Some faulty memes get repeated so often they get burned in the media's collective memory as fact, even though they are myth. Perhaps the most notable example of that in 2009 was the myth that the New York 23rd congressional district had been solidly Republican since the Civil War until Doug Hoffman's third-party challenge of the liberal Republican Dede Scozzafava ensured a Democrat's victory in a special election. We've a lot of 2010 left to go, but perhaps history will record the greatest political myth of this year as Jim Bunning's "filibuster" that was anything but.
Hot Air's Ed Morrissey took on the media's Bunning filibuster meme yesterday, noting that even inside-the-Beltway publications like Roll Call tagged Bunning's objection to unanimous consent a filibuster even though it "should know better" (emphasis mine):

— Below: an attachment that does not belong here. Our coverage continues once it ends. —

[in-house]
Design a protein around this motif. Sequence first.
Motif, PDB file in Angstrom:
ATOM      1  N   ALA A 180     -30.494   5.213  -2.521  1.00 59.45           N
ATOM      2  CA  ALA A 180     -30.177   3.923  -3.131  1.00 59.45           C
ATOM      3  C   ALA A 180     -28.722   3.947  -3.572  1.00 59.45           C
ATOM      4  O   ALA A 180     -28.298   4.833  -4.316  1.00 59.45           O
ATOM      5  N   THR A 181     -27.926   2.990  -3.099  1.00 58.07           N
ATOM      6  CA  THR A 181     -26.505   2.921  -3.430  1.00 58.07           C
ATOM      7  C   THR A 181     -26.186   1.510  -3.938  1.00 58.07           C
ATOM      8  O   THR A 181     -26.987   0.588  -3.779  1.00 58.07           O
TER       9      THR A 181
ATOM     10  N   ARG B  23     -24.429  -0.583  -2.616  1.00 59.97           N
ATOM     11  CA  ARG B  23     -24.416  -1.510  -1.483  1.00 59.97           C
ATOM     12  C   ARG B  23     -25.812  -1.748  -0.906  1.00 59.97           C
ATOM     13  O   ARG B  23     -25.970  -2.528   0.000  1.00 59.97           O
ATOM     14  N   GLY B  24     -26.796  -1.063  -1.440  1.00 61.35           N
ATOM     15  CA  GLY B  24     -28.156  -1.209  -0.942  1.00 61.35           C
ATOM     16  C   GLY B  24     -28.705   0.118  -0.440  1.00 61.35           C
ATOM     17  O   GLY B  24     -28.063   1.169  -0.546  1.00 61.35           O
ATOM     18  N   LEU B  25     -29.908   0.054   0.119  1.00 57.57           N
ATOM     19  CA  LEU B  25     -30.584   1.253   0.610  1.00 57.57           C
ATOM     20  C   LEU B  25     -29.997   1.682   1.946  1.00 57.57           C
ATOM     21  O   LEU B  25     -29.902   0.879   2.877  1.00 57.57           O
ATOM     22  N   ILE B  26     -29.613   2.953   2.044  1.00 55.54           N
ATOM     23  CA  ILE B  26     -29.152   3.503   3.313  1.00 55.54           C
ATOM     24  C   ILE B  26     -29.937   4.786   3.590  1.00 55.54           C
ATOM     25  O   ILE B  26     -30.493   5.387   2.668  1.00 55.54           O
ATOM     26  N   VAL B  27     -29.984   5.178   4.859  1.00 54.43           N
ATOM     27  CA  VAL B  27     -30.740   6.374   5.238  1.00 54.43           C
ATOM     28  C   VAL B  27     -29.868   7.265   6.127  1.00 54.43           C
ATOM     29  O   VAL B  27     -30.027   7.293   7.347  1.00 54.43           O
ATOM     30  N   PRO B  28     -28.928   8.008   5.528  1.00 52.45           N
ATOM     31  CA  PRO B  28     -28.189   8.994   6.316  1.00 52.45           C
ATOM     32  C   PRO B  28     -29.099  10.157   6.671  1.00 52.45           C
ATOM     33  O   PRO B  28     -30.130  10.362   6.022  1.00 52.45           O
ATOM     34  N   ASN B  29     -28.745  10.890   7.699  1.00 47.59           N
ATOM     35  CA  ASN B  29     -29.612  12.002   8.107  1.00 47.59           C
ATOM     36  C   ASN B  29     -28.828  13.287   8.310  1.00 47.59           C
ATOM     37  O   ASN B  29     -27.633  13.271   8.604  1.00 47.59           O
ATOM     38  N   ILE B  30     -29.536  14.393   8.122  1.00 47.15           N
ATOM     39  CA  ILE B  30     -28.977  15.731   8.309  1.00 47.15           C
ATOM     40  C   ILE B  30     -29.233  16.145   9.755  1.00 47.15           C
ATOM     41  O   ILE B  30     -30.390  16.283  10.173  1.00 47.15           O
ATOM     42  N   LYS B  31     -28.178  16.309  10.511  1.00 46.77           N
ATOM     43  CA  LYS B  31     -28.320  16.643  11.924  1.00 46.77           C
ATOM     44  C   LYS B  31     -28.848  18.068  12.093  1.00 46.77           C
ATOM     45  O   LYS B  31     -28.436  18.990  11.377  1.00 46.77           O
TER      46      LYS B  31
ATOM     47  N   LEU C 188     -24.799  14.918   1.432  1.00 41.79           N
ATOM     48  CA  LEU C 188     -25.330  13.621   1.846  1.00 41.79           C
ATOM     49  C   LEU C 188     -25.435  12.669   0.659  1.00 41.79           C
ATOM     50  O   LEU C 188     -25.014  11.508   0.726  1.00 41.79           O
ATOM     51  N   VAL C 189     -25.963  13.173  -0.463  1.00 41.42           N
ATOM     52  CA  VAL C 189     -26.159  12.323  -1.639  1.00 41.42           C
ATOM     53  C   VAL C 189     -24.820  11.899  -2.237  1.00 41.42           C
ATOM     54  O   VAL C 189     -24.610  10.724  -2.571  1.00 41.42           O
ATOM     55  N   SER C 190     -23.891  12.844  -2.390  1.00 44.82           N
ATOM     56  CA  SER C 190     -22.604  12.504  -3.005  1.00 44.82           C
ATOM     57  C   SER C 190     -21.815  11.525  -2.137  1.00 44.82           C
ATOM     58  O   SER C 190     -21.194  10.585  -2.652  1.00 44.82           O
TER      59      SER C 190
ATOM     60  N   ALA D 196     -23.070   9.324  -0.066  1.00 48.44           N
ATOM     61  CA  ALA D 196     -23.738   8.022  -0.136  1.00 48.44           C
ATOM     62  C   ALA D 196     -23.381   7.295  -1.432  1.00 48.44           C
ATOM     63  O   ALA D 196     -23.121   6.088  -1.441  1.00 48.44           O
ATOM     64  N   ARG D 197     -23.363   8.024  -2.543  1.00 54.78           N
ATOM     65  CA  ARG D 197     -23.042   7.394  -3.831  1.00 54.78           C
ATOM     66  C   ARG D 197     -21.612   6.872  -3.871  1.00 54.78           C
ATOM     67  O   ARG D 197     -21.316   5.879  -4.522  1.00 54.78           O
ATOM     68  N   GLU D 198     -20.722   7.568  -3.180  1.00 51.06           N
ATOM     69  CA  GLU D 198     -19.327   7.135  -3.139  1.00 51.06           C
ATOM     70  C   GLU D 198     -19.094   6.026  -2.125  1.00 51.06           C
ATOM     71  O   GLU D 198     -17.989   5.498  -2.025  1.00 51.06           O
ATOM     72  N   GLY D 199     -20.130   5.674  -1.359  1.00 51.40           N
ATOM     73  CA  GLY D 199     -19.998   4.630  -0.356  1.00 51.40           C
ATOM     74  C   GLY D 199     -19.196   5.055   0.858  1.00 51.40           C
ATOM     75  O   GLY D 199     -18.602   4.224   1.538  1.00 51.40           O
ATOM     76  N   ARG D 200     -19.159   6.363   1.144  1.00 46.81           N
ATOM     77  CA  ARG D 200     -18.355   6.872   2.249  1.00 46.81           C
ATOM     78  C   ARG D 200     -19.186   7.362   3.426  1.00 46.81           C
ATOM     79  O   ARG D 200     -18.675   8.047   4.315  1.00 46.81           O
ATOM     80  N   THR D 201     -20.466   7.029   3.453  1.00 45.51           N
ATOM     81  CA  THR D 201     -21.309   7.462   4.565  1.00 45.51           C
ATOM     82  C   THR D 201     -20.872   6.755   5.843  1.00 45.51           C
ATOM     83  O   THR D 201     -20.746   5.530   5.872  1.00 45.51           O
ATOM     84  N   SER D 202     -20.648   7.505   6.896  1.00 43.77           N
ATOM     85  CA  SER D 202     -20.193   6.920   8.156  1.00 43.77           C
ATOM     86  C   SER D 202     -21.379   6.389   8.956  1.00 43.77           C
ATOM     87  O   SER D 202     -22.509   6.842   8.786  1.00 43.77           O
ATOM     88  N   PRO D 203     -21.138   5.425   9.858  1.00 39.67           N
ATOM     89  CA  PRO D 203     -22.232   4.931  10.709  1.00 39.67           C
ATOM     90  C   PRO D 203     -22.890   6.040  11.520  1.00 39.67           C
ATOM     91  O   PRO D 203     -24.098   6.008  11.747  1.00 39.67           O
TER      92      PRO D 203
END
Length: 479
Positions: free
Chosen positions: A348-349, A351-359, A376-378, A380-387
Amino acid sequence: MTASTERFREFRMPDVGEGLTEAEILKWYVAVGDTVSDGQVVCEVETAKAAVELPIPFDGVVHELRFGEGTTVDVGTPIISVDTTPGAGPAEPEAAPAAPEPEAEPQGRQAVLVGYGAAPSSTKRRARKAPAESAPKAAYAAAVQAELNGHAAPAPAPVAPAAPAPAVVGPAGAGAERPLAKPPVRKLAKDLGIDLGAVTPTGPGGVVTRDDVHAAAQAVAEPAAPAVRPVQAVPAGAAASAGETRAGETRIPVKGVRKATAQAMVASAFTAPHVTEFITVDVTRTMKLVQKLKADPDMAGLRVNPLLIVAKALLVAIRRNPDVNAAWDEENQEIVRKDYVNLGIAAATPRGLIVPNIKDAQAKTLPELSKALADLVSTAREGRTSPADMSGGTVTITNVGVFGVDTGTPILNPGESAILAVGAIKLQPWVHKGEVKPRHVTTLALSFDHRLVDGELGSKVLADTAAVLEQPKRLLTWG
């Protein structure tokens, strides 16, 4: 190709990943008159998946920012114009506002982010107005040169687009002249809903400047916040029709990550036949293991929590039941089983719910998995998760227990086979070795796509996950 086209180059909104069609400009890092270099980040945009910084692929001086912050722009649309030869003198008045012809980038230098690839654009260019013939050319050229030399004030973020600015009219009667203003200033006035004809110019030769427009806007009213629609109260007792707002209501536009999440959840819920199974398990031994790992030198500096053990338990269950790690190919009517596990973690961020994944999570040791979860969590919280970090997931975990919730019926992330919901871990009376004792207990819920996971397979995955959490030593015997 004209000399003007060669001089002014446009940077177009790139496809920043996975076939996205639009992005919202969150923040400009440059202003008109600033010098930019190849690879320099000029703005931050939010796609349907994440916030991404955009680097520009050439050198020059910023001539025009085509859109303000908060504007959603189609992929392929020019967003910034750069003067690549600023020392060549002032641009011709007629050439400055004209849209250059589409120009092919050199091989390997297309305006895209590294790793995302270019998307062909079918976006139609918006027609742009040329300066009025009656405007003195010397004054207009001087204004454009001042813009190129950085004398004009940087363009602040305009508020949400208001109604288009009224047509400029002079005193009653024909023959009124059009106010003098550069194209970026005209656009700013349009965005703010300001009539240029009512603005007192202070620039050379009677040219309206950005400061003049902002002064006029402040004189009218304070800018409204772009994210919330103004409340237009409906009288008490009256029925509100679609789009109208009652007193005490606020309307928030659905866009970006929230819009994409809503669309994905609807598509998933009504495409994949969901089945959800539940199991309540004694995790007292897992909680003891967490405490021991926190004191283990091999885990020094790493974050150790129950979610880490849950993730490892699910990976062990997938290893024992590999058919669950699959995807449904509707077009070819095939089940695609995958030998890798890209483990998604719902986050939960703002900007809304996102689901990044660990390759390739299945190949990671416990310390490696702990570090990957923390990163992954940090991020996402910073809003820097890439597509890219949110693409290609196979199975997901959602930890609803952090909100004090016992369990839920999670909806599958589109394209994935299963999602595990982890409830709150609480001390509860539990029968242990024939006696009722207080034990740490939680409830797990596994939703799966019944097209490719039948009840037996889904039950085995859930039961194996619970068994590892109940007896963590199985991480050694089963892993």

This is not a filibuster, which is a specific procedure in which Senators force debate to continue indefinitely as a means to block a final vote, denying “cloture” to the majority party. Alternatively, and now somewhat archaically, it also describes an effort by one Senator to just continue talking to stall action. Bunning is using another mechanism altogether, one that won’t block a final vote, although it will delay it:
The deficit for last year was 1.4 trillion dollars. The deficit rose as a share of the gross domestic product from 3.1 percent in 2008 to 9.9 percent in 2009, the highest deficit as a share of GDP since 1945. The projected deficit for the fiscal year that ends in September is another $1.3 trillion.
So much for all that fiscal sanity blather from Team Obama in ‘08. How dishonest. Even worse, there’s a good reason to stay pessimistic about deficits as far as the eye can see. It’s called the "news" media.